RESEARCH QUESTION: What effects did the early phase of the COVID-19 pandemic have on natural and assisted reproductive technology (ART)-mediated birth rates? DESIGN: Regional registries were consulted with permission from the Health Authorities of Lombardy Region, Northern Italy, an area particularly affected by the early phase of the epidemic. Deliveries occurring in the area between 1 January 2019 and 31 December 2020 from women beneficiaries of the National Health System and resident in Lombardy were identified. Comparisons mainly focused on December 2020, when women who conceived after 8 March (the start of the stringent lockdown imposed by the authorities) were expected to deliver. RESULTS: When comparing the periods January to November in 2019 and 2020, a 5.1% reduction of monthly general birth rate (from 5732 in 2019 to 5438 in 2020) was observed. The contribution of ART births was similar in 2019 and 2020, being 4.4% and 4.5%, respectively. In December 2020, a notable drop in natural (-17.8%), ART-mediated (-86.6%) and overall (-21.0%) births was observed compared with December 2019. After adjusting for the expected 5.1% reduction, the inferred effect of the COVID-19 crisis corresponded to a 16.7% reduction in birth rate, of which 76% was related to natural (707 births) and 24% to ART (218 births) conceptions. CONCLUSIONS: This is the first study providing population-based evidence on the effects of COVID-19 and its related stringent restrictions on birth rates. The birth rate was dramatically reduced following the critical period, and the closure of ART centres played only a marginal role (24%) in the overall detrimental effect.


Subject(s)
COVID-19/epidemiology , Pregnancy, Multiple/statistics & numerical data , Reproductive Techniques, Assisted/statistics & numerical data , Birth Rate , Communicable Disease Control , Female , Humans , Italy/epidemiology , Pregnancy , Pregnancy Outcome , Registries
10.
BMJ Nutr Prev Health ; 4(2): 365-373, 2021.
Article in English | MEDLINE | ID: covidwho-1309831

ABSTRACT

BACKGROUND: All over the world, the COVID-19 pandemic, not unlikely other epidemics, has hit harder people in low socioeconomic conditions.In Western countries, undocumented migrants are a growing component of this disadvantaged segment of the population.Their health conditions are frequently burdened by a number of chronic conditions, and they experience many difficulties in accessing public health services. Frequently, the only medical assistance they can get is provided by non-governmental organisations. METHODS: We studied the medical records (including pharmacological treatments) of all patients attending the outpatient clinics of Opera San Francesco (OSF; a big charity in Milano, Italy), in the first 5 months of 2020. These comprise the outbreak of the pandemic and the lockdown period. The 1914 patients (1814 undocumented migrants and 100 Italians) seen during the lockdown were compared with those seen in the same period of 2019 and with those seen in the preceding months of 2020. We especially focused on three chronic conditions: cardiovascular diseases, diabetes and psychiatric disorders. RESULTS: The number of consultations during the first 5 months of 2020 was much smaller than that of the same period of 2019. During the lockdown, we found 4048 consultations for 1914 patients, while they were 8051 in the same period of 2019 and 5681 in the first 2 months of 2020.The quantity of medicines dispensed by OSF showed a marked decrease in the period of the study and mainly during the lockdown.The decrease in consultations and dispensation of medicines was most evident for psychiatric patients and almost not existent for patients with diabetes. Female patients suffered a more pronounced reduction. CONCLUSIONS: Western countries need strategies to better assist the very poor during epidemics.Differences among different groups of disadvantaged persons should be taken into account when designing recovery plans.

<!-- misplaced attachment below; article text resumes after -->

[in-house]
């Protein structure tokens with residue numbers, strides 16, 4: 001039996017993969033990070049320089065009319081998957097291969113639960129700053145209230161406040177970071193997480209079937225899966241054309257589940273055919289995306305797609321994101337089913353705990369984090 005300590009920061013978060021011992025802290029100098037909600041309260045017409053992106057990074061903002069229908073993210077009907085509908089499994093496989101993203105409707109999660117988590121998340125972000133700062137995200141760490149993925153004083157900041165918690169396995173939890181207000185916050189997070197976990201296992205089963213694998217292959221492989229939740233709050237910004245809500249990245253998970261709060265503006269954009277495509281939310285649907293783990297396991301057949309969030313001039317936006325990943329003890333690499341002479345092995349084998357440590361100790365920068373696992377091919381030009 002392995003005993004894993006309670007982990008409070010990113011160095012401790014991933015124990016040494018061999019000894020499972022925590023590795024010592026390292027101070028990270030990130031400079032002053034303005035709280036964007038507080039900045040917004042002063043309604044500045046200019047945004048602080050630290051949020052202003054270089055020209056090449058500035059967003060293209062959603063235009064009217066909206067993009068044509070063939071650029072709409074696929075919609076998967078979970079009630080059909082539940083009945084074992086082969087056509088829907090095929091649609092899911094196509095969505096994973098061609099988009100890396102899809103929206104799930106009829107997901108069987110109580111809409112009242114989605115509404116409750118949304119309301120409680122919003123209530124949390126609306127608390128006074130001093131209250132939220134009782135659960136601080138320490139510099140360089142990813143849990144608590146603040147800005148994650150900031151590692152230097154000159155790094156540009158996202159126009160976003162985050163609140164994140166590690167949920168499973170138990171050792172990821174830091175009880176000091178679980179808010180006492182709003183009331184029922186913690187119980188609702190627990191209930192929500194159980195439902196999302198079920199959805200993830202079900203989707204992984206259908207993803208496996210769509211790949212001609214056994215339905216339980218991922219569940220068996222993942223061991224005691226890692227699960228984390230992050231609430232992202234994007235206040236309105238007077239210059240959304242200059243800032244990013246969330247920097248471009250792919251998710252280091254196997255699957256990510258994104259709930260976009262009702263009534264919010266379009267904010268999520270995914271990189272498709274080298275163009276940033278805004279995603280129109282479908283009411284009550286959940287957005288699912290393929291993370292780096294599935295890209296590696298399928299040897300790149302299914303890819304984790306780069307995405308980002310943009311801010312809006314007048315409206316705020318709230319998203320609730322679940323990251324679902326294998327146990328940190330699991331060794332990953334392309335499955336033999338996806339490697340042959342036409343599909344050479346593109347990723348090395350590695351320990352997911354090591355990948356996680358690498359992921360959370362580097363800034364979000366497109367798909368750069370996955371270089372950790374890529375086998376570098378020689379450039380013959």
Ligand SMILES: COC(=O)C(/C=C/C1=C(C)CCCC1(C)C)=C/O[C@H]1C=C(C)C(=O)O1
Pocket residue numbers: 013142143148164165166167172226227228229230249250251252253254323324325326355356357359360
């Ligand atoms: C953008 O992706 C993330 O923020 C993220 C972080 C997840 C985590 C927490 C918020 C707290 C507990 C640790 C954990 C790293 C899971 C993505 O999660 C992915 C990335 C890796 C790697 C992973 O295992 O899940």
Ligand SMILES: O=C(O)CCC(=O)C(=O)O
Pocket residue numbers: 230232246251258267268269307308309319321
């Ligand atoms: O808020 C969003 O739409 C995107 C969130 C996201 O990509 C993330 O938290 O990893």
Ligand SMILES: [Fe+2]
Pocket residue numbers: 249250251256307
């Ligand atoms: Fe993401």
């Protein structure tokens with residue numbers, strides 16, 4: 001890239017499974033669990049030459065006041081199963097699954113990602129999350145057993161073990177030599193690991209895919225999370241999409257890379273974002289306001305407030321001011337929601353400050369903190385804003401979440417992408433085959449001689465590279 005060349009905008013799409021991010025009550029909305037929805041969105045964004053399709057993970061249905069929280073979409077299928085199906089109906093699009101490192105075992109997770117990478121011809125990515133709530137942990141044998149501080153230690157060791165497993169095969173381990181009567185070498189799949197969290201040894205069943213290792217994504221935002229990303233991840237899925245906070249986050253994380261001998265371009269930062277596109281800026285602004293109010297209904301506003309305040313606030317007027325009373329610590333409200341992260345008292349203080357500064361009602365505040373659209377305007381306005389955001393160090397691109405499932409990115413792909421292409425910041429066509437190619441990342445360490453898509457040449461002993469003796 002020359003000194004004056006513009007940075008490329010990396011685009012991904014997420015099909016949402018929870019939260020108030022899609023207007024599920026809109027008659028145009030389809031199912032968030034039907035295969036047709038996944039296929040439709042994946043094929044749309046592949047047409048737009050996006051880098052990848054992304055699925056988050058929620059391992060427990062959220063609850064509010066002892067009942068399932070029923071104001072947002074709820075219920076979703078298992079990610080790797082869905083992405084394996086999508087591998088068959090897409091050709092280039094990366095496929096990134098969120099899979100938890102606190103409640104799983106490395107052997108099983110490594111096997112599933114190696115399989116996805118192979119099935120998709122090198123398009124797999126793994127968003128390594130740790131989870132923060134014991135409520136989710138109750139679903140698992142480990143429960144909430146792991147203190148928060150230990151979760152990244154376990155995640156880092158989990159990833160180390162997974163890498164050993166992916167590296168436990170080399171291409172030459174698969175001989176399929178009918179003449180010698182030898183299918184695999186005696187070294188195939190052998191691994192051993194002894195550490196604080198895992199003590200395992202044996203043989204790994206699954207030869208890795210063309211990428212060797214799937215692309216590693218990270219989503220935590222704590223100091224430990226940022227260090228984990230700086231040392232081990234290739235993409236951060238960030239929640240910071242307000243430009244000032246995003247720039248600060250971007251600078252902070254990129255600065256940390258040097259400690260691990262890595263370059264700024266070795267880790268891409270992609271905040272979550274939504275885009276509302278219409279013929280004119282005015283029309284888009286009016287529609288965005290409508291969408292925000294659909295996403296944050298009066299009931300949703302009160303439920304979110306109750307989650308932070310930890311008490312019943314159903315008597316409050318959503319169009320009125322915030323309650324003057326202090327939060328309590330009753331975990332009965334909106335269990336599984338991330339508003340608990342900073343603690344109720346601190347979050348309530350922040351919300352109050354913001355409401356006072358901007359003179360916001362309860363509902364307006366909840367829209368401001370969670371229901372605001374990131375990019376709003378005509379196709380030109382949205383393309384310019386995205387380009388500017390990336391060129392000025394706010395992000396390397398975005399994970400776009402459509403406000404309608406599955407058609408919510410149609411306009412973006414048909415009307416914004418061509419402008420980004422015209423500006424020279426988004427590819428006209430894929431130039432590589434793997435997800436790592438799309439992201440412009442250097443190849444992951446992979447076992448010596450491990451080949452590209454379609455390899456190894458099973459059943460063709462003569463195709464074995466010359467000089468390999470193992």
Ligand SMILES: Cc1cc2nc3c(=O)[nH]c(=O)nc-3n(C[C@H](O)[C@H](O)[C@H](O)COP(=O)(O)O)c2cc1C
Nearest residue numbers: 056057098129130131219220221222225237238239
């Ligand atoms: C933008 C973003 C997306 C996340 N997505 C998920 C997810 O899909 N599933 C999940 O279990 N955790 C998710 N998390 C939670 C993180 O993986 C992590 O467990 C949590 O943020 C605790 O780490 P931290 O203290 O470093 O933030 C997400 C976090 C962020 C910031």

11.
J Public Health Res ; 9(4): 1852, 2020 Oct 14.
Article in English | MEDLINE | ID: covidwho-976397

ABSTRACT

Population groups such as undocumented migrants have been almost completely forgotten during the COVID-19 pandemic, though they have been living in all European countries for decades and new arrivals have continued throughout the pandemic. The aim of this study was to investigate their health conditions during the current pandemic. We analysed the records of 272 patients with respiratory issues attending the outpatient clinic of a large charity in Milan, Italy: amongst them, 18 had COVID-19 confirmed by rhino-pharyngeal swab and 1 of them deceased. All the patients attending the clinic appeared to have several risk factors for COVID-19 and chronic conditions suspected to predispose to the disease and/or to worsen severity and outcomes: hypertension, immunosuppression and previous close contact with COVID-19 patients were the most important ones. Presenting symptoms were worse in patients with COVID-19 than in those with other respiratory issues. These results are discussed in light of the necessity to provide better healthcare to undocumented migrants.

SELECTION OF CITATIONS
SEARCH DETAIL